The excerpts below are taken from an article in the May-June 1963 article of Peary Rader’s excellent training magazine “Iron Man,” every issue of which was replete with practical training advice in addition to profiles and coverage of people and events in the iron game.
This article features Don Howorth, a regular on the Southern California iron game scene of the 1960s, and just a few years later associated with the famous Vince’s Gym on Ventura Blvd, Studio City. The details of his nutrition and his advanced training routine are quite informative, showing how he achieved his “Mr. California 1963” build.
Don Howorth’s arm program. Click to enlarge (will open in new window/tab). Continue reading
Today we present another excerpt from Kirkley’s book Weight Lifting and Weight Training. The excerpt below is the second chapter, which describes the classic concept of somatotyping, or categorizing physiques into three general types: ectomorph, endomorph, and mesomorph. Nearly any book on strength or bodybuilding/physique training is likely to repeat some version of these ideas.
In recent years, fitness writers have been more critical of the somatotype model for trying to shoehorn every human body into one of three distinct categories, and many weight trainees have trouble determining which somatotype they are supposed to fit into, as they may have aspects of more than one of these types. However, Kirkley here acknowledged that these types are generalizations rather than strict, hard-and-fast categories; and his approach to training different body types in different ways was based on years of experience and observation. Most importantly, he did not dismiss any body type as hopeless when it comes to physical improvement.
The author Kirkley demonstrating the deadlift, from elsewhere in his book (click to enlarge, will open in new window/tab)
Book excerpt: Continue reading
This excerpt is from 1959 Mr. Universe winner Bruce Randall’s book The Barbell Way to Physical Fitness (1970), an excellent hardcover volume that explains the how and why of weight training for physical fitness for everyone from athletes to business executives to kids, also including some information on good nutrition and healthy living, and covering various exercises from the most basic beginner level to somewhat more advanced methods. The text below is the fourteenth chapter of Randall’s book, and it addresses the concept of training specifically for aesthetic, cosmetic physique development.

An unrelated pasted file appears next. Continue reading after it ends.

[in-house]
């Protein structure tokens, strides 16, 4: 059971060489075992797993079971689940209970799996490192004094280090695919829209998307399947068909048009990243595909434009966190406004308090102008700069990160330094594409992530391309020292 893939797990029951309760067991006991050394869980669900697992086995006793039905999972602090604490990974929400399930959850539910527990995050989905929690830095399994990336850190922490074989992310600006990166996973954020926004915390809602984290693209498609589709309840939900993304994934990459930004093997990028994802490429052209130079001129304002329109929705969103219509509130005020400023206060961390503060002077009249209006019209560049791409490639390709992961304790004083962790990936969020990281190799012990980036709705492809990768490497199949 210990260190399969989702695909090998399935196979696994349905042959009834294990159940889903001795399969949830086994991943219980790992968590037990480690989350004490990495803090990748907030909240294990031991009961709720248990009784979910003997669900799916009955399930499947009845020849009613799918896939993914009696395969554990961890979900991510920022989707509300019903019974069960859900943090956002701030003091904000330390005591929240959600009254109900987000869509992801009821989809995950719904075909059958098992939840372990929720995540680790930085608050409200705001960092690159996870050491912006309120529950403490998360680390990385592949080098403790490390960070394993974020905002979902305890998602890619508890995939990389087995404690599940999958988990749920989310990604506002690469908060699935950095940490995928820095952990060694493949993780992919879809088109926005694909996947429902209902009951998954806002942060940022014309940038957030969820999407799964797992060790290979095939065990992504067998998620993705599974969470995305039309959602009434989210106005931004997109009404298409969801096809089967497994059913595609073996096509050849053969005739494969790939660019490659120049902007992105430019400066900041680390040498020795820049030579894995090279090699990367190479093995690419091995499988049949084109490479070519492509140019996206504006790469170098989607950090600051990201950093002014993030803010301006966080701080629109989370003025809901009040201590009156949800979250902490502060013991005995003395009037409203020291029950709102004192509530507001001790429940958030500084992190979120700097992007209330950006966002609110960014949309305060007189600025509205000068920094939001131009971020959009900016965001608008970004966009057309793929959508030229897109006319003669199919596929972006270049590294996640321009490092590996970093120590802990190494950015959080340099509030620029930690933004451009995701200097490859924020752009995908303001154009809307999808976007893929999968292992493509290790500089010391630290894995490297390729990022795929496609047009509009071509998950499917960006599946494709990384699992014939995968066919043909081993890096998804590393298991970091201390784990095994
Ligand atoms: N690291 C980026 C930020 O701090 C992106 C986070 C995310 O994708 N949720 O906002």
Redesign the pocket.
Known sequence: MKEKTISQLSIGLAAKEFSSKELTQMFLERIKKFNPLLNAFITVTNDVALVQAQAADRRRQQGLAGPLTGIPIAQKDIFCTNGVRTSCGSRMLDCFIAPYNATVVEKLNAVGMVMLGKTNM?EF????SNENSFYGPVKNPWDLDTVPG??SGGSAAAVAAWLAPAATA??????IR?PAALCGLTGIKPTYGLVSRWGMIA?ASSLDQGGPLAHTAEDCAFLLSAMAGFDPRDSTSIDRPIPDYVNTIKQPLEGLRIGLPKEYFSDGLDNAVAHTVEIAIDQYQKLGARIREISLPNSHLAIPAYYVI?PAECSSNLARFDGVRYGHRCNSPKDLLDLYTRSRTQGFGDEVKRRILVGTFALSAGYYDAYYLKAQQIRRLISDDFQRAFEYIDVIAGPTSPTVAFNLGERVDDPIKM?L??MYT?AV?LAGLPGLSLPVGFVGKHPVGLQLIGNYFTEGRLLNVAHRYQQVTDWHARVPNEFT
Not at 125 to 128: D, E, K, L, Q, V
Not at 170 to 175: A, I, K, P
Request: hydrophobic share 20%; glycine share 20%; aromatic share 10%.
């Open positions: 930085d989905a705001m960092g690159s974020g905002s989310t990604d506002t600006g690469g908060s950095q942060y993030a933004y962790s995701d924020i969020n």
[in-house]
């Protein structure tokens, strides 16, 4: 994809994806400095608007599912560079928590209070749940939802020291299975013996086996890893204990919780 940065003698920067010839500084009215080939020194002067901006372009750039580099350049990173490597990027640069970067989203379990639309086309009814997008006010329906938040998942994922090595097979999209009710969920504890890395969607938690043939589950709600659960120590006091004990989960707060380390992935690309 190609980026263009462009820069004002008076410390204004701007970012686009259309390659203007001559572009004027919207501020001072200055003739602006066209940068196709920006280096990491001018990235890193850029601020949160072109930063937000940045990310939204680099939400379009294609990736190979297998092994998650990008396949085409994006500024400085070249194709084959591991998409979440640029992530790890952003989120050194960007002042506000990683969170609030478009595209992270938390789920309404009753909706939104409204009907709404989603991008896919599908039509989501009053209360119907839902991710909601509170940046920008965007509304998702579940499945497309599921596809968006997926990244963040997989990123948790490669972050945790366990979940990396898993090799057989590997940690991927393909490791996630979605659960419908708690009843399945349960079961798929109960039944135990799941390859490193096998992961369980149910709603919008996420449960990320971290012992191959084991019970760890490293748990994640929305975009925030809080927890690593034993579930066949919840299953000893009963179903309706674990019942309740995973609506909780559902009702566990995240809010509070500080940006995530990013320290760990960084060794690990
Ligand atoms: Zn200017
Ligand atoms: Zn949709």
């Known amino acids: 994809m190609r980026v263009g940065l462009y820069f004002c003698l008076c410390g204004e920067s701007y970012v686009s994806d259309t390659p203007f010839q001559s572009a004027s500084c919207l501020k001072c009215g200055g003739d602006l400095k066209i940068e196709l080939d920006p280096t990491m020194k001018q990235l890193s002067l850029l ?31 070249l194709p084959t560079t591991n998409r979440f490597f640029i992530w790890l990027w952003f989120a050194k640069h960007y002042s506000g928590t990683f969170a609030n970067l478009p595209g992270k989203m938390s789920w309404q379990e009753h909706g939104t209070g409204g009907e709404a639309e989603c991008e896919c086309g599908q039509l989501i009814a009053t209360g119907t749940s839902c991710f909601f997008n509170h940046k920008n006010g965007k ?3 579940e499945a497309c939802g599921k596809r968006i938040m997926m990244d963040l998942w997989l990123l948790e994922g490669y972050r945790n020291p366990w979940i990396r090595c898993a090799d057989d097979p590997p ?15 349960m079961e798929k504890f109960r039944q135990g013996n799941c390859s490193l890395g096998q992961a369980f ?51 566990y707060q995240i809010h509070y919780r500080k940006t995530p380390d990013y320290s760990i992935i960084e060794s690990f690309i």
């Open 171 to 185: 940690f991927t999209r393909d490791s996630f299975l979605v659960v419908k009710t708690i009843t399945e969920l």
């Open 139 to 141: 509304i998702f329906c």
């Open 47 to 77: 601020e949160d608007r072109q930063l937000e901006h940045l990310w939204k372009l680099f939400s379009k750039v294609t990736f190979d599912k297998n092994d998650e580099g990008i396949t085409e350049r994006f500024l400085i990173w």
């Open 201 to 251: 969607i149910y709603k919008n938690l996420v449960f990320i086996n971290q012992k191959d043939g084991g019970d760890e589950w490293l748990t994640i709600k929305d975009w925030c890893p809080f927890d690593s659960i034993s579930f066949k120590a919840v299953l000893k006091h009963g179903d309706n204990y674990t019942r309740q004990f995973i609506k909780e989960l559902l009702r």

Book cover: click image to enlarge (will appear in new window/tab)
Bruce Randall was certainly well experienced in changing his physique. Before he ever competed in physique contests, he had been a strongman or powerlifter, eating copious amounts of food every day for the sake of building sheer strength and bulk. In the process he reached a decidedly non-lean body weight of more than 400 lbs! Continue reading
In case you ever had the harebrained notion of playing two online videos at once, here is your chance for some ‘casual Friday’ afternoon amusement!
The top video contains some rare preserved footage of the late three-time Mr. Universe winner Reg Park of England doing a posing routine in 1957, from the “indaskys” Youtube channel. Although the picture quality is not the best, Park’s thick musculature and physical power are evident. This footage is a prime example of mid-twentieth century physical culture.
The text featured below consists of excerpts from an article by York Barbell founder Bob Hoffman, which originally appeared in the August 1940 issue of his monthly magazine “Strength and Health.” For the sake of brevity, only a few segments from the long and verbose (and often repetitive) original article could be included here.
York Barbell star John Grimek performing a one-handed lift. Click to enlarge (will open in new window/tab).
Hoffman generally promoted Olympic-style weightlifting as the primary modality for exercising with weights, rather than bodybuilding with cosmetic purposes as the primary objective, and his focus is quite evident in this article. Continue reading